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Filling the slots: Hiking Little Wild Horse in Goblin Valley

By Ashley Franscell for The Daily Herald - | Jul 13, 2014
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Alaina Zanin scrambles through a narrow slot canyon during a hike through Little Wild Horse Canyon outside of Goblin Valley in this file photo from 2010. The 8-mile hike loops through two slot canyons, Little Wild Horse and Bell Canyon for one of the most scenic hikes in southwest Utah. 

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Karla Hoggard and Alaina Zanin hike through Little Wild Horse Canyon outside of Goblin Valley in this file photo from 2010. The 8-mile hike loops through two slot canyons, Little Wild Horse and Bell Canyon for one of the most scenic hikes in southwest Utah. 

‘You’ve got a long way to go,” said the little boy who passed us 10 feet from the Little Wild Horse trailhead.

He was right. We had about 8 miles left. But the scenery and the ease of the hike made it seem so much shorter.

I made the trip to Goblin Valley with two friends for a Girl’s Weekend Camping Getaway. We found a secluded campsite off a dirt road past the Goblin Valley State Park land and set up camp before heading to the trailhead. The hike was not the purpose for the trip, but it turned out to be the highlight.

It was a simple-enough hike that we passed dozens of children, from infants to teenagers. Many of them were barefoot, having taken off their wet socks and shoes and given them to their parents to carry. The hike goes through two slot canyons, Little Wild Horse being the longer and more dramatic of the two. If you don’t have the four to six hours to complete the full loop, then definitely hike Little Wild Horse.

The canyon starts about a half-mile from the trailhead. It starts as a wide, scenic canyon with high walls littered with rock formations and crevices. As the hike goes on, it meanders along the creek bed, where there can be 2 to 3 feet of standing water, depending on the time of year. But it was never higher than our ankles.

Conveniently, rocks stuck out of the first puddle that we could use as stepping stones to cross, but not the second. We ended up just walking through the water, which wasn’t too bad. For the most part, our shoes and socks dried out quickly between water spots. Some of the water cavities can be avoided by straddling the walls alongside.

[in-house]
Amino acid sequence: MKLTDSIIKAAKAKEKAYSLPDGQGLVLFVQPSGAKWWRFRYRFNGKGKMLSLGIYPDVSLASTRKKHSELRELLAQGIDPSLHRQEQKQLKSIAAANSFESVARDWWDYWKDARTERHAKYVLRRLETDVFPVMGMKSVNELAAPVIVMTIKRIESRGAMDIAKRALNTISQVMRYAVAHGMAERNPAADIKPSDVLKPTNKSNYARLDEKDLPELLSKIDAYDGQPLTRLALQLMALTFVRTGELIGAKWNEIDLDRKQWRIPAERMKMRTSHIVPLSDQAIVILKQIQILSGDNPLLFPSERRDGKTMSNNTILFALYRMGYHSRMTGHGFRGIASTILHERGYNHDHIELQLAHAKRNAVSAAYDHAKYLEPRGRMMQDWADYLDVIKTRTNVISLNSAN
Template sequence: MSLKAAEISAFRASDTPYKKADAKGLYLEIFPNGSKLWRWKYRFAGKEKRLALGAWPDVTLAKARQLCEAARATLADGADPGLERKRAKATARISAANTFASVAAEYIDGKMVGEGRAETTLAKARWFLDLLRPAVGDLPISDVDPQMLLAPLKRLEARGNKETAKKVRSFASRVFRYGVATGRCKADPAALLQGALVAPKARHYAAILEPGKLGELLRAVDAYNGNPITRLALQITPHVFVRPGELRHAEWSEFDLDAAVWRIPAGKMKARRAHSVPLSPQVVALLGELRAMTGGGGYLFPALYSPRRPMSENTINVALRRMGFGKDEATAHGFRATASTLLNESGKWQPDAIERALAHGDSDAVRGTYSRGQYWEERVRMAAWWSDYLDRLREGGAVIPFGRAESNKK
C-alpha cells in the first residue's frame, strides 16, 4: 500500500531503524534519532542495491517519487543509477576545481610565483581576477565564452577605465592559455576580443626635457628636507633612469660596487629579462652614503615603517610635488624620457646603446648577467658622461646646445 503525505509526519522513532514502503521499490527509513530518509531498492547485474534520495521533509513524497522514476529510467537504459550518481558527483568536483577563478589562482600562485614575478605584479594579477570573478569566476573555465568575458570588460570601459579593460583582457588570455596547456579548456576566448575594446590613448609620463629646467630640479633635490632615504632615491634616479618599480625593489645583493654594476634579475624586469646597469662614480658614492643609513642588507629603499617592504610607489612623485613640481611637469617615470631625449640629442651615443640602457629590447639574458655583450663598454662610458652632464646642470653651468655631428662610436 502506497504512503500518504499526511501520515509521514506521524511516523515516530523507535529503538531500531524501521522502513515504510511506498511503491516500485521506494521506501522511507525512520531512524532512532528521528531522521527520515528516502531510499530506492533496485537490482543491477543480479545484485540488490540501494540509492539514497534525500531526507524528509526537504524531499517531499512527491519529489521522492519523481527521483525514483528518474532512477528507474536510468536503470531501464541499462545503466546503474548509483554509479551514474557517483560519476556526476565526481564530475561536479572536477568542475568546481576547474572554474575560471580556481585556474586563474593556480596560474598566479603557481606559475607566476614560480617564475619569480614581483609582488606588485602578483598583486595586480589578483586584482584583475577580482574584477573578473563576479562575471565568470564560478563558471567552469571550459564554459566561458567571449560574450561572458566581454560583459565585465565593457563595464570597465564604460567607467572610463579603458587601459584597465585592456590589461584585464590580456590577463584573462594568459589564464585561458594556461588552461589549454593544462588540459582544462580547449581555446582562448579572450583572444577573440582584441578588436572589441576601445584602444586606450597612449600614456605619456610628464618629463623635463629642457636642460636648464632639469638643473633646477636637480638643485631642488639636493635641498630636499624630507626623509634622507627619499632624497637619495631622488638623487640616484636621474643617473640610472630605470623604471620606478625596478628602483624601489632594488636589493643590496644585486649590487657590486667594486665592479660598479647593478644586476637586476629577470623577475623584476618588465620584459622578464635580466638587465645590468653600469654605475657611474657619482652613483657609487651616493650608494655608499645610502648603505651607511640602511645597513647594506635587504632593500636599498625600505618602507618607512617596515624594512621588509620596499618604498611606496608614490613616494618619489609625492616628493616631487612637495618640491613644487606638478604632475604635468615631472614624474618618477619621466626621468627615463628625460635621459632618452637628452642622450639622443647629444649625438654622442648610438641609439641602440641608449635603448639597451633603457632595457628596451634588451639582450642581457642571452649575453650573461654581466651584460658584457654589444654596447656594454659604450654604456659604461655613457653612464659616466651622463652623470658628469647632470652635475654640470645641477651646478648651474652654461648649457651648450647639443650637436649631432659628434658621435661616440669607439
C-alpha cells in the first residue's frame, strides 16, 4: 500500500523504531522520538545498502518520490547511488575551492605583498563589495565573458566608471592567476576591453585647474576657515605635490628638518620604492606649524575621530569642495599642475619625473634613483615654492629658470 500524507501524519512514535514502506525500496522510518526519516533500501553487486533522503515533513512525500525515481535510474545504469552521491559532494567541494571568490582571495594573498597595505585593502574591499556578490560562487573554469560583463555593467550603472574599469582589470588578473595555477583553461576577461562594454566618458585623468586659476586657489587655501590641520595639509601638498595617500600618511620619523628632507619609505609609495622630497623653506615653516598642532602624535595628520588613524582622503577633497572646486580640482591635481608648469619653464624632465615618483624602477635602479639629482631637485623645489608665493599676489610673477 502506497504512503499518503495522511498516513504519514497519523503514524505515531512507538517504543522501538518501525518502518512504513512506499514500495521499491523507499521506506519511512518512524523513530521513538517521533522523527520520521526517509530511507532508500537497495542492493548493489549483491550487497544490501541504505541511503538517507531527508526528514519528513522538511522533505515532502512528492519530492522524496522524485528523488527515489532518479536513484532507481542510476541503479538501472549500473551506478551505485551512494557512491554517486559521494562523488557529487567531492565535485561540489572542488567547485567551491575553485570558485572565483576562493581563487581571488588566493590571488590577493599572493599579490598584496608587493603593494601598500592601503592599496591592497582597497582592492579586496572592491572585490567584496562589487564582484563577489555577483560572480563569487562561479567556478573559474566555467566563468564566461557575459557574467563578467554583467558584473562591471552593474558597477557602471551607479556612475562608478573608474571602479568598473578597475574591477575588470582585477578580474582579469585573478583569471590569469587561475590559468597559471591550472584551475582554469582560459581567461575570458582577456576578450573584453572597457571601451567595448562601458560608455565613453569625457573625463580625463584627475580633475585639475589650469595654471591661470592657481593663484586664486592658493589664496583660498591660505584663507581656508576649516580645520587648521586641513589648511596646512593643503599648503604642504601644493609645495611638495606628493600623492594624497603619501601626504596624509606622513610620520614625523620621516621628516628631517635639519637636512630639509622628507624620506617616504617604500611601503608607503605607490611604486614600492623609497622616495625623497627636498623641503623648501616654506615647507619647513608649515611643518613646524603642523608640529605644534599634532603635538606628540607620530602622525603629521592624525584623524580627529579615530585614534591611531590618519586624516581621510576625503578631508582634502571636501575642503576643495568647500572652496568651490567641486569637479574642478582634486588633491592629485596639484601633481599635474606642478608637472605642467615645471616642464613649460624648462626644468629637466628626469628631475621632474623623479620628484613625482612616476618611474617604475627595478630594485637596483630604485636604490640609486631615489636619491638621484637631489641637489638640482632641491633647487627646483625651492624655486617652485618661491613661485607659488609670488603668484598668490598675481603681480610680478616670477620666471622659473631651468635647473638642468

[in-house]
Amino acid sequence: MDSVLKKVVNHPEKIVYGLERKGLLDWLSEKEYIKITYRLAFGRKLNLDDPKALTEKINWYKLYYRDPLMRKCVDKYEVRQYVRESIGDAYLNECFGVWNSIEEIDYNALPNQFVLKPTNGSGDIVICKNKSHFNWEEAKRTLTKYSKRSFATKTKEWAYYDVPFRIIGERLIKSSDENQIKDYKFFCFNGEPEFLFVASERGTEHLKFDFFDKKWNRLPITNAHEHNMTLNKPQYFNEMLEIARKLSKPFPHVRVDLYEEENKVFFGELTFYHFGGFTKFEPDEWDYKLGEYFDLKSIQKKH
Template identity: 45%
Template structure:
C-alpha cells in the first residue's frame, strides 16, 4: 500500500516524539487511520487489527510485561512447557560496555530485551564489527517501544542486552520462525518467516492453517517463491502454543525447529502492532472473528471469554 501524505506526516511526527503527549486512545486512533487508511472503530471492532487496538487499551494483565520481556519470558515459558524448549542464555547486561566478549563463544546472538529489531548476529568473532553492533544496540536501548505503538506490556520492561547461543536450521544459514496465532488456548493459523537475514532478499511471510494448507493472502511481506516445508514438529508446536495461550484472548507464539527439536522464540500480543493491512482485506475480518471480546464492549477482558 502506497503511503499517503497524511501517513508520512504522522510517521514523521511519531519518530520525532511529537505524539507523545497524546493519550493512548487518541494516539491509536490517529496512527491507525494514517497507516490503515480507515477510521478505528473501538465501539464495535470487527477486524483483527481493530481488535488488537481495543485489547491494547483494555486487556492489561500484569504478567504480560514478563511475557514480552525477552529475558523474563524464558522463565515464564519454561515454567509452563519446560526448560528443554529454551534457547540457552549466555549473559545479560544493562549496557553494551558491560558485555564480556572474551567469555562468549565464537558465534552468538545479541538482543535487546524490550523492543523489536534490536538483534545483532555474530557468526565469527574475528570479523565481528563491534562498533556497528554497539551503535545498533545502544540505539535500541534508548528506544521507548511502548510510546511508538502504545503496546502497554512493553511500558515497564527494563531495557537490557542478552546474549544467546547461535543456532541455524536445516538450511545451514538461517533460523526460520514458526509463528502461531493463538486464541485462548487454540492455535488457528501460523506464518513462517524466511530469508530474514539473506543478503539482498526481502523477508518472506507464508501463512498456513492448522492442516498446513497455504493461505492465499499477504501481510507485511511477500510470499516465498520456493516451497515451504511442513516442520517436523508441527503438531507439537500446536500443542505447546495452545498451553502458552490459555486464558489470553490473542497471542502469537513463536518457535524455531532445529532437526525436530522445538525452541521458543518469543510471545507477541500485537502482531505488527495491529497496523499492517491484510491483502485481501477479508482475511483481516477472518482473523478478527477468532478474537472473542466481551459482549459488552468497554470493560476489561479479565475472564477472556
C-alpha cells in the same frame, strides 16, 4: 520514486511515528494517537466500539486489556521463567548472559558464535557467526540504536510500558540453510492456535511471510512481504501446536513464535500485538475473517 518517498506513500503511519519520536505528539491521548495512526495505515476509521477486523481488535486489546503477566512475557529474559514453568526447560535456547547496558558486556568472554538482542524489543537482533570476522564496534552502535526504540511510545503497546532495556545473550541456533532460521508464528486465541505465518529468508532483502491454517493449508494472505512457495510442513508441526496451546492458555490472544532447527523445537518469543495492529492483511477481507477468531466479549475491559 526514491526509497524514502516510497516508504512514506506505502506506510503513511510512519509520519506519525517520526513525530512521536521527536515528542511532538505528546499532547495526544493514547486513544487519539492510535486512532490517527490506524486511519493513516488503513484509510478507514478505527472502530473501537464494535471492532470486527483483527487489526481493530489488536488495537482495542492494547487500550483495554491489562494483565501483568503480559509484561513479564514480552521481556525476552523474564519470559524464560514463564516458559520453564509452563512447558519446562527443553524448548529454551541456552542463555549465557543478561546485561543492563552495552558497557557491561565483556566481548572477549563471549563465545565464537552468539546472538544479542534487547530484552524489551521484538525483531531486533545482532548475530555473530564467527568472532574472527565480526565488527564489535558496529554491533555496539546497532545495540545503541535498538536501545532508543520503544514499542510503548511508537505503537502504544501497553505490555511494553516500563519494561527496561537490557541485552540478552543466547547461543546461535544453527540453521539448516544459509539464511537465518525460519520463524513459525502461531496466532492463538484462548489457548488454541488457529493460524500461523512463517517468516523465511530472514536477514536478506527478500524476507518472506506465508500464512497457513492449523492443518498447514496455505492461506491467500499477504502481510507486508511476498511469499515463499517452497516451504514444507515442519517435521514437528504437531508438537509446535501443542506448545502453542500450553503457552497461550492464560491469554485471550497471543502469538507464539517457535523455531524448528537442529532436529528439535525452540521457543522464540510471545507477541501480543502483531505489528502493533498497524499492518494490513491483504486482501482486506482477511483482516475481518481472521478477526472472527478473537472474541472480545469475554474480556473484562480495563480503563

(Just be sure to check the forecast before doing the hike, rain can cause flash flooding in the slot canyons and have been known to drown people.)

The pattern that erosion has created in the rock is amazing to watch change along the way. The layers of different colors wave you through to the next awe-inspiring scene around every corner. The light, the rock and the color constantly changes.

The hike moves in and out of open space and several spots are only 2 or 3 feet wide. At times the trails become just the rock, which we had to scramble over. It never was anything too difficult or technical. Nothing that three uncoordinated runners couldn’t handle.

We were a little surprised at the amount of children we met along the way. Many of them were scampering up the rocks easier than their parents, but there are some spots when they would need an extra hand or push.

It’s a little shocking to come out of the canyon onto an old Jeep trail, which you follow for a little over a mile before taking a turn and heading southwest to Bell Canyon. It is a nice, slight downhill path until you get to the mouth of the canyon. It has less narrows but isn’t any less beautiful.

Bell Canyon is only about half the distance of Little Wild Horse Canyon and before you know it, you are back at the trailhead. I can now understand why so many people suggested the hike. It was the perfect ending to a weekend of camping.

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